Before going on I need to state my qualifications, and my biases, that lead me to my own evaluations. My father was in the Navy during WWII, and after he came back my parents moved from Greenwich Village in New York City to the suburbs of New Jersey so that their children could enjoy the benefits of life in the newly forming suburbs and avoid the disadvantages of life in the big city. I have two older sisters who were born during the war, while I was born in New Jersey in 1946. I was raised in the Jersey suburbs, moving as my father became more successful in his job, to progressively richer and more prestigious suburban towns. The town, Tenafly, in which I lived from when I was 5 until I went to college, was very much like the suburbs in Connecticut depicted in the films. The physical distance between them is only about 30 miles (1 hour drive) but the cultural differences are less than that. When my parents moved to the suburbs my mother quit her job as a social worker to raise us children, my father took the train to work every day, and my mother and I picked him up each night at the little station in the small town center. Each of the films depicted, albeit in minor ways, a boy who was probably just my age. So I know something of the culture these films attempt to depict. Those are my qualifications to talk about the suburbs of the 50, but since they are based on my personal experience as a child and adolescent, I have to acknowledge that my experience is just my experience and therefore limited and probably biased in ways that I don’t understand.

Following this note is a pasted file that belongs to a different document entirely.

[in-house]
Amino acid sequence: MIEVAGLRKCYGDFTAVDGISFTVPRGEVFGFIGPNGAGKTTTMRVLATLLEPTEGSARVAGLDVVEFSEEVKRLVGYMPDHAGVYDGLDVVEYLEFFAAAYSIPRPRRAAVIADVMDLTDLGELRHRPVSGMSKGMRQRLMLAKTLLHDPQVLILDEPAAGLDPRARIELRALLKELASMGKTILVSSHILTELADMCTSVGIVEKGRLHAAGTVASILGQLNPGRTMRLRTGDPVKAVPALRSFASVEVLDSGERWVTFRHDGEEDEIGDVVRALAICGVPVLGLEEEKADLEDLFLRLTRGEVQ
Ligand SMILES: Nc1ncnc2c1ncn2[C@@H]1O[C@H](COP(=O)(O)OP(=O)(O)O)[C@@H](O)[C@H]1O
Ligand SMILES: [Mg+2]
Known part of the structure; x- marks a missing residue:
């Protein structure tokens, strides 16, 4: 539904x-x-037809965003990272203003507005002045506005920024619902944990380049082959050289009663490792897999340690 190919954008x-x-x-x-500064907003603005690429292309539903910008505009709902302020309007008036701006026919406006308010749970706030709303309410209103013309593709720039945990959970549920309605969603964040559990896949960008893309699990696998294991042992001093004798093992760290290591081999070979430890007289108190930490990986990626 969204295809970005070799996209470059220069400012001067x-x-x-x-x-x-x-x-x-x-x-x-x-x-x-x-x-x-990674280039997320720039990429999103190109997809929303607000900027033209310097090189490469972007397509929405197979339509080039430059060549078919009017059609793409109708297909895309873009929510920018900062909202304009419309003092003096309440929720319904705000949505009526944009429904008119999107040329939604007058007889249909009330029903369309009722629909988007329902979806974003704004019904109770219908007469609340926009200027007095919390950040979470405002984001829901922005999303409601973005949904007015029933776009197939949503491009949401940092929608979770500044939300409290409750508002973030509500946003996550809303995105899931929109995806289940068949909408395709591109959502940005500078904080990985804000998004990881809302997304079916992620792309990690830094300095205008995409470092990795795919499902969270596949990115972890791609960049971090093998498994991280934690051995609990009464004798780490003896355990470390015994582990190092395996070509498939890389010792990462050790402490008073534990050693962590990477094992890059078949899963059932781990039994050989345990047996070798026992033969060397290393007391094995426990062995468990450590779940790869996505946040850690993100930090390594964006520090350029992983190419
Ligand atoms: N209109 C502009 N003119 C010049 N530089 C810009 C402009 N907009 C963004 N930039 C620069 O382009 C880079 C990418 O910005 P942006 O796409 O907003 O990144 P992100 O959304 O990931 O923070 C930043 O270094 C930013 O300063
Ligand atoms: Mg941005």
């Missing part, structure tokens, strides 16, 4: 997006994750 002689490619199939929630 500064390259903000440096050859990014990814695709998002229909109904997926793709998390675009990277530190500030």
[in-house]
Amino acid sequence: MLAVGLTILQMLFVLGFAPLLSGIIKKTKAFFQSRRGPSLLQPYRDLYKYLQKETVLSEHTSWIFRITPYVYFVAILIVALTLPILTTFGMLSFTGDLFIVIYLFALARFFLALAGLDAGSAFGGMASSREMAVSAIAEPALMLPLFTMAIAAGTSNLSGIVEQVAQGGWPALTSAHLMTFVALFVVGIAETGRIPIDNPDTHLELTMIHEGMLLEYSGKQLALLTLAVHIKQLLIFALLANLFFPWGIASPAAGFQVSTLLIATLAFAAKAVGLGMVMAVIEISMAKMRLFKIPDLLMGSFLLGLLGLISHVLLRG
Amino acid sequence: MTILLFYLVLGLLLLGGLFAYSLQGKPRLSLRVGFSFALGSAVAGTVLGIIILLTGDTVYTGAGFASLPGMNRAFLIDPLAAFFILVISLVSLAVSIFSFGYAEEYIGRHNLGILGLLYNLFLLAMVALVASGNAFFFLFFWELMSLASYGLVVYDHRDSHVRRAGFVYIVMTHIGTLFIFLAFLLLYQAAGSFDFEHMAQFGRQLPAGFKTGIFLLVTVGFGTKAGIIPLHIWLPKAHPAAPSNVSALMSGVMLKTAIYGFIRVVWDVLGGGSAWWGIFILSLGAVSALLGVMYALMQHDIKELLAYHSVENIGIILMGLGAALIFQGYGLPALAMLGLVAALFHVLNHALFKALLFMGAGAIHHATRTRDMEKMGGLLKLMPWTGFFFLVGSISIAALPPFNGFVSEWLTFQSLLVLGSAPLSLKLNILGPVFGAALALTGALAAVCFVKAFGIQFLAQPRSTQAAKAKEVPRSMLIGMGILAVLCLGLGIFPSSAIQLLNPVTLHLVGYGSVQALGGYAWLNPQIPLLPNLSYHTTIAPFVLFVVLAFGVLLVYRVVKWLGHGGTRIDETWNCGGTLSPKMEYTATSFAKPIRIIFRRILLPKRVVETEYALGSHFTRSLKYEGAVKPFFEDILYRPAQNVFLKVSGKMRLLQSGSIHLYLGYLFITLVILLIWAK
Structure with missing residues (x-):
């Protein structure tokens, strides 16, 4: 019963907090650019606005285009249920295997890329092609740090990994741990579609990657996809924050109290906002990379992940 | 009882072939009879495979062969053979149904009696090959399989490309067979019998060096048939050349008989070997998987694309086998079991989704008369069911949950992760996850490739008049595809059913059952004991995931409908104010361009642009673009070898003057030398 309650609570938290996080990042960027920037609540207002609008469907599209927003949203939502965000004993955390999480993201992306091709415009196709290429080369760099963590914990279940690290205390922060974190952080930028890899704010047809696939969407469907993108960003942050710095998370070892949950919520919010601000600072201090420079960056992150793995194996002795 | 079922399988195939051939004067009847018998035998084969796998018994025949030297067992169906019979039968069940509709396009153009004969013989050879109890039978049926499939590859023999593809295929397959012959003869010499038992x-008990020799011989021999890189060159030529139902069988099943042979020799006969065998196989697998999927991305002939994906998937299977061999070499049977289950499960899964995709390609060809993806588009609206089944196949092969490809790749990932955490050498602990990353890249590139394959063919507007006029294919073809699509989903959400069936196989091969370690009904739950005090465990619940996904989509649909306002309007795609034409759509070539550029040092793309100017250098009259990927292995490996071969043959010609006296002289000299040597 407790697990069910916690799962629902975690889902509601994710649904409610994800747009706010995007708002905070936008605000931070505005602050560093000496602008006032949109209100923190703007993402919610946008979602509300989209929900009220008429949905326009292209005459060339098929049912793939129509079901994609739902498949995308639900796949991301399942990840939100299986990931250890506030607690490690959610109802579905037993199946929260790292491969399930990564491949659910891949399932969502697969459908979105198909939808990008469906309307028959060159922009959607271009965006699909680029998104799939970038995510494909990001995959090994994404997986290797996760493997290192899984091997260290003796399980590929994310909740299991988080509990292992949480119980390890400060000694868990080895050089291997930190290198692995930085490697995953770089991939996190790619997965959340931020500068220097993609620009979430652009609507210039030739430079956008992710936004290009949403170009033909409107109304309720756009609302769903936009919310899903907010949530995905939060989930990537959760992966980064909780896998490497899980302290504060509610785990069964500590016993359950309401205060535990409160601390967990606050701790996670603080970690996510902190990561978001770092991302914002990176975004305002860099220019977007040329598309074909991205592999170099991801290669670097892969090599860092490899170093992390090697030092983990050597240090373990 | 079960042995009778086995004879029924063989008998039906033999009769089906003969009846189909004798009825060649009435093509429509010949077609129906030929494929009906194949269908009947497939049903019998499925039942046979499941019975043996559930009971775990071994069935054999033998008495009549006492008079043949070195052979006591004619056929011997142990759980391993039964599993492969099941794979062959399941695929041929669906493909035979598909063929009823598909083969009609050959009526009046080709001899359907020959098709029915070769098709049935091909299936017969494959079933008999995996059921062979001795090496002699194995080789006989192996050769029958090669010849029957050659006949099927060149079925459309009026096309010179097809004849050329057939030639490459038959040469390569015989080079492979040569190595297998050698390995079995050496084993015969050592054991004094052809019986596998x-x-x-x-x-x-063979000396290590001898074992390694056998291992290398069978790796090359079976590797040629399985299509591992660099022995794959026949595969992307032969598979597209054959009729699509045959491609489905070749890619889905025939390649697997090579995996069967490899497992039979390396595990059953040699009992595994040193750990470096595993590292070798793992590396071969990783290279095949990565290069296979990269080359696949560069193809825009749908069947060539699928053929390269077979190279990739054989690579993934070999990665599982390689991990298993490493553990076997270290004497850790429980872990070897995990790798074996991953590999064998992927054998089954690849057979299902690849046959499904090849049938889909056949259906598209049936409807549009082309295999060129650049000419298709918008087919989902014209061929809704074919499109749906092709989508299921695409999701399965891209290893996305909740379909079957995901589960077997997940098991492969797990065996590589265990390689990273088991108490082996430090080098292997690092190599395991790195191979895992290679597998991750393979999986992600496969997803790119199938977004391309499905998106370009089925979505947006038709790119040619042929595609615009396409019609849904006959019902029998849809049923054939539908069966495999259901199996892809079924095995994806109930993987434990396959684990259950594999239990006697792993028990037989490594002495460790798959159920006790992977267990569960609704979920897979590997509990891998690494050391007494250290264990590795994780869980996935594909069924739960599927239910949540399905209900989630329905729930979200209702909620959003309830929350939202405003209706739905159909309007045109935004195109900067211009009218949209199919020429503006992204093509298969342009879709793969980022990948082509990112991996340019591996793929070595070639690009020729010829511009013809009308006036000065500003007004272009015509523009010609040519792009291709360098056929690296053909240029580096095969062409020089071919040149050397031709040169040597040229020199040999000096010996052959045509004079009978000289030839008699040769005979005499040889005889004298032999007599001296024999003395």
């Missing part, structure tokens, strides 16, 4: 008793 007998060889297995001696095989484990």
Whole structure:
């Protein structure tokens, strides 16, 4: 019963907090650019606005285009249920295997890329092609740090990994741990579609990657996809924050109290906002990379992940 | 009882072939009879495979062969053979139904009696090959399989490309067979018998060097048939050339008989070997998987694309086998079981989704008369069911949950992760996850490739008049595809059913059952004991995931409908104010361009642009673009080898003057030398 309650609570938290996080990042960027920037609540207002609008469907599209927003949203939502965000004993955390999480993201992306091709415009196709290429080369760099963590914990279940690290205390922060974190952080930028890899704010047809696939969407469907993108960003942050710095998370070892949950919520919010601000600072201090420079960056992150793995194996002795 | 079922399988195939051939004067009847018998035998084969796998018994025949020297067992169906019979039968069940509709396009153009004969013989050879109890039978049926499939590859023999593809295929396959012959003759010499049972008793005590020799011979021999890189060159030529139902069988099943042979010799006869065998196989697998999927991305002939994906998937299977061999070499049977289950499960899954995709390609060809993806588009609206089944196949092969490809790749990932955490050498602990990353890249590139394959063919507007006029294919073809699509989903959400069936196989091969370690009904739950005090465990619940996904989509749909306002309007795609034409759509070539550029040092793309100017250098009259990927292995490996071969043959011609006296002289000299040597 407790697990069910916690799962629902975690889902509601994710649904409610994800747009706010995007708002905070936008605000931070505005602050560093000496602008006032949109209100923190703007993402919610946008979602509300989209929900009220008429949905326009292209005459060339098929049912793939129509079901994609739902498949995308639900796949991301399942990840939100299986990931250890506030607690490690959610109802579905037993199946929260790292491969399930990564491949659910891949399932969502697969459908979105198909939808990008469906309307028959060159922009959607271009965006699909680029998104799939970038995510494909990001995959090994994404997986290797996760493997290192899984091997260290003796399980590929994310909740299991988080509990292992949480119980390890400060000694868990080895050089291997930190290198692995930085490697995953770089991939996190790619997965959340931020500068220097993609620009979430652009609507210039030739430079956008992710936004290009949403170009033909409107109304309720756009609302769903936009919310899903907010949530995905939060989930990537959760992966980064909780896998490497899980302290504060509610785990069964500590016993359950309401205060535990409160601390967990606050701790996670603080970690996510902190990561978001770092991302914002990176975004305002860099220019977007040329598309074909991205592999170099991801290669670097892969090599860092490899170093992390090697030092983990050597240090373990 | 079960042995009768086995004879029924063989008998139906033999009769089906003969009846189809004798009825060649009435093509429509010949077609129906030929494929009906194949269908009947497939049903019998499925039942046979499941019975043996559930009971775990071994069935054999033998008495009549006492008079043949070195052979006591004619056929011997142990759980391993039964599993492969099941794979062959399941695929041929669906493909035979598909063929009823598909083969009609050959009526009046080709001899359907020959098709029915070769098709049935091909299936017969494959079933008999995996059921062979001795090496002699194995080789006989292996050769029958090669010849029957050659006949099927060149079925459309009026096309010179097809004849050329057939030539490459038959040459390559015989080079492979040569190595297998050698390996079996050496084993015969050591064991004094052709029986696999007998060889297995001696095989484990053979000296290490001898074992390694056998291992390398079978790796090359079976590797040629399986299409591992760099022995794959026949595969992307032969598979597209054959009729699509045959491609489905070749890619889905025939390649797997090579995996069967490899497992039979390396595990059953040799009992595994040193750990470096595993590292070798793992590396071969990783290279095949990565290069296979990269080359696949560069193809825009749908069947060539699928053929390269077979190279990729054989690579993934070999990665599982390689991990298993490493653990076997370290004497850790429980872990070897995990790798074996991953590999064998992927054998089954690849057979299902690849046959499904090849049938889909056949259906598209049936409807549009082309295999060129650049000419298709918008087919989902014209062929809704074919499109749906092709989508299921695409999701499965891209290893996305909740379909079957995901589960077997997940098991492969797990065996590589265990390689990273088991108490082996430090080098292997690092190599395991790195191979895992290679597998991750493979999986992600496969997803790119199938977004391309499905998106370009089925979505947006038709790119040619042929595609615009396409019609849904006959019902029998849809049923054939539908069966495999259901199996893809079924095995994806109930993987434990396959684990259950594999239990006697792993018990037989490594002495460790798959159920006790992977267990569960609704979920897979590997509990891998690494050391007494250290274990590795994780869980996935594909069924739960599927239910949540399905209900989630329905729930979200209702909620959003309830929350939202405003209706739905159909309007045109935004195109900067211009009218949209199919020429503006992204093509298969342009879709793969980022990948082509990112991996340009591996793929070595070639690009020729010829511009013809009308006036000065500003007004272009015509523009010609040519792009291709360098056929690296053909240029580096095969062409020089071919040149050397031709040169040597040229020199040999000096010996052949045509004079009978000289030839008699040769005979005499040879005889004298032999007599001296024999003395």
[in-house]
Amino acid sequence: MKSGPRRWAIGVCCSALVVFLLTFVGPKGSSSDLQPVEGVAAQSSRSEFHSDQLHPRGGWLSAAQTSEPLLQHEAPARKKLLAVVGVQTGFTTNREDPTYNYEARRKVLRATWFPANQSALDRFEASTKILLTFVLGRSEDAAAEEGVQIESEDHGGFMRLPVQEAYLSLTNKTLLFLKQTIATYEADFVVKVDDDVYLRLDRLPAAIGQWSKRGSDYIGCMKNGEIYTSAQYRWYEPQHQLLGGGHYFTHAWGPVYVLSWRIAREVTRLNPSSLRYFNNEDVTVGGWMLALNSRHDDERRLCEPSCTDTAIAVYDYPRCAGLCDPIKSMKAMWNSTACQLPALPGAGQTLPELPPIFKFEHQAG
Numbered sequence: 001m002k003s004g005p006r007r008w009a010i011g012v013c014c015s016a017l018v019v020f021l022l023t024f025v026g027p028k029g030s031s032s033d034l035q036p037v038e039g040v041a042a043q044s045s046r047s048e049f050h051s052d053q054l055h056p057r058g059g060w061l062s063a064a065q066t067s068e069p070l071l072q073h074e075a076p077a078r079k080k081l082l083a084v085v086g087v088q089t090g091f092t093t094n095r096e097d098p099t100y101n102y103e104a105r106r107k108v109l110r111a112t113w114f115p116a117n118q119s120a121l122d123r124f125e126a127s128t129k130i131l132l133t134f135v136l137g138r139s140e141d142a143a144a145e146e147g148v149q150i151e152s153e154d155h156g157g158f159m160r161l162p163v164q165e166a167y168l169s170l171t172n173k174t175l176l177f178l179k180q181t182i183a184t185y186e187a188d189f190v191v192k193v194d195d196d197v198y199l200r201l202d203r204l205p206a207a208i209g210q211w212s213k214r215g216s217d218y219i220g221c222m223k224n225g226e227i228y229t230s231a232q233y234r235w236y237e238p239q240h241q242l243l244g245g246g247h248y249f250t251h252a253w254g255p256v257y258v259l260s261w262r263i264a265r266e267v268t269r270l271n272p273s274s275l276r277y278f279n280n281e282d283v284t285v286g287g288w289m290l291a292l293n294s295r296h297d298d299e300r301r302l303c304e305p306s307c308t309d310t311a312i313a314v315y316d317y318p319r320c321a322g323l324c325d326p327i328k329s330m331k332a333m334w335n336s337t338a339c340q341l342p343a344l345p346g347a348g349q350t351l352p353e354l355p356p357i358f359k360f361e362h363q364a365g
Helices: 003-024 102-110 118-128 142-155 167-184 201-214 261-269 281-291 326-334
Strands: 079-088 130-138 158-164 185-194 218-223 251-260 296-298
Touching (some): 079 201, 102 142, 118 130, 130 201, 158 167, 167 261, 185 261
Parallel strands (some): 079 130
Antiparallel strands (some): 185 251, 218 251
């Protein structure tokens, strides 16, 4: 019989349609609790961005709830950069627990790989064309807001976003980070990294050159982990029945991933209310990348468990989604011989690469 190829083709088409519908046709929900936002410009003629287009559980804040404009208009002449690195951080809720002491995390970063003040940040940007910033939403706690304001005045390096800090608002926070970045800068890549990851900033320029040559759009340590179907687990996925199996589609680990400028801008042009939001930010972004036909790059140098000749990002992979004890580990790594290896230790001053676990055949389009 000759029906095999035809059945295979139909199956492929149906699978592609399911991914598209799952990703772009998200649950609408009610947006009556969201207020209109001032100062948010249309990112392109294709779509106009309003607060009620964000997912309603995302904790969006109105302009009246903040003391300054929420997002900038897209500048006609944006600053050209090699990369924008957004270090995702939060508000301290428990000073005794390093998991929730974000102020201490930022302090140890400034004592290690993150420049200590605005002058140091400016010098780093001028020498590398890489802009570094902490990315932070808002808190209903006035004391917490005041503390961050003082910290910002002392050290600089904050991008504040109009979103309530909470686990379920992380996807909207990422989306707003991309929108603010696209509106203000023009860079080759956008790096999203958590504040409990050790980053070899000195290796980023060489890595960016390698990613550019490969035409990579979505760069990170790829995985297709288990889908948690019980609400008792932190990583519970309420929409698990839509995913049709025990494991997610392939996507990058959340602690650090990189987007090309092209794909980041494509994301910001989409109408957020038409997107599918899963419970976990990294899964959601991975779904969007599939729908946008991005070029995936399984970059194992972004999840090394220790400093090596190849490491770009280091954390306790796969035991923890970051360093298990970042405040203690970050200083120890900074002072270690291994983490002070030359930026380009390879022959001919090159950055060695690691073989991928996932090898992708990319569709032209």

Now it doesn’t make any sense to have a criterion for rating films that evaluates them based on how faithfully they depict life in the suburbs of the 50s, without giving at least some reasonably clear picture of what life in the suburbs of the 50s was like. One could say that life in that place at that time was one of happiness and security as was symbolized by the spacious houses and large and well landscaped grounds to which people had escaped from the dirt and overcrowding of the city. One could say, that that life was really all about providing and caring for children so that they would not have to suffer the impacts of economic depressions and wars that had so severely impacted their parents. There is certainly truth in both these statements; having lived there I can attest to that. I think these pictures characterize the outward intentions of the parents who settled in those suburbs. The popular television shows of the time: “Ozzie and Harriett” (I went to high school with the nephews of the Nelsons), “Leave it to Beaver” and “Father Knows Best” can be regarded as pictures of these ideals, or statements of the myths that underlay the society of the suburban 50s. At the very least we need to give (most) of those who lived there the benefit of good intentions.